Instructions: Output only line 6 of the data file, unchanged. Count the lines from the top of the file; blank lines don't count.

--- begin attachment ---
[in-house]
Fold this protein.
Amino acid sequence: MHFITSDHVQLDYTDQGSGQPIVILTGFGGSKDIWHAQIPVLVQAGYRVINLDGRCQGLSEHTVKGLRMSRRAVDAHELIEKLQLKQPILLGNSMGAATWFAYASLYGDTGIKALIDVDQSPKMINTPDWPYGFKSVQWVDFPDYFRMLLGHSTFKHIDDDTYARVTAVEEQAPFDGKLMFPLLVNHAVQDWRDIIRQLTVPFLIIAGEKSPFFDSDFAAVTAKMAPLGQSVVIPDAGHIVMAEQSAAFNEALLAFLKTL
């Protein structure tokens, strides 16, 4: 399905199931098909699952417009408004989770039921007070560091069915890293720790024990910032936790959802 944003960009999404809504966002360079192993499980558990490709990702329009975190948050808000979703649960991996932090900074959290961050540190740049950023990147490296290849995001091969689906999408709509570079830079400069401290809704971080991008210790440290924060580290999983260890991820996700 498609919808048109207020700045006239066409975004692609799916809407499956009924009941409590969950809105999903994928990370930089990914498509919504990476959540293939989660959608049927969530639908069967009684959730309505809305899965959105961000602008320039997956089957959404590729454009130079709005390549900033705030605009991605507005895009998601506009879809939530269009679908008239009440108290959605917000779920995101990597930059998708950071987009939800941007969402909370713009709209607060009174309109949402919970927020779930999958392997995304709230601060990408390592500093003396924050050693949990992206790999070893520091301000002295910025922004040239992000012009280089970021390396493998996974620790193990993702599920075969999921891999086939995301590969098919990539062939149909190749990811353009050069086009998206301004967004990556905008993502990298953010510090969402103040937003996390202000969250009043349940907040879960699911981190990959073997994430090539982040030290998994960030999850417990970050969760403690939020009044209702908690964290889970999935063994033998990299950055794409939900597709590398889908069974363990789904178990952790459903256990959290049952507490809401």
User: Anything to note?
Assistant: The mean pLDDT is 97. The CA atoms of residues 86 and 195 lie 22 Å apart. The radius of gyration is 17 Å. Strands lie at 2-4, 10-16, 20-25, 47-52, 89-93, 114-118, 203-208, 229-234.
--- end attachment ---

Assistant: The mean pLDDT is 97. The CA atoms of residues 86 and 195 lie 22 Å apart. The radius of gyration is 17 Å. Strands lie at 2-4, 10-16, 20-25, 47-52, 89-93, 114-118, 203-208, 229-234.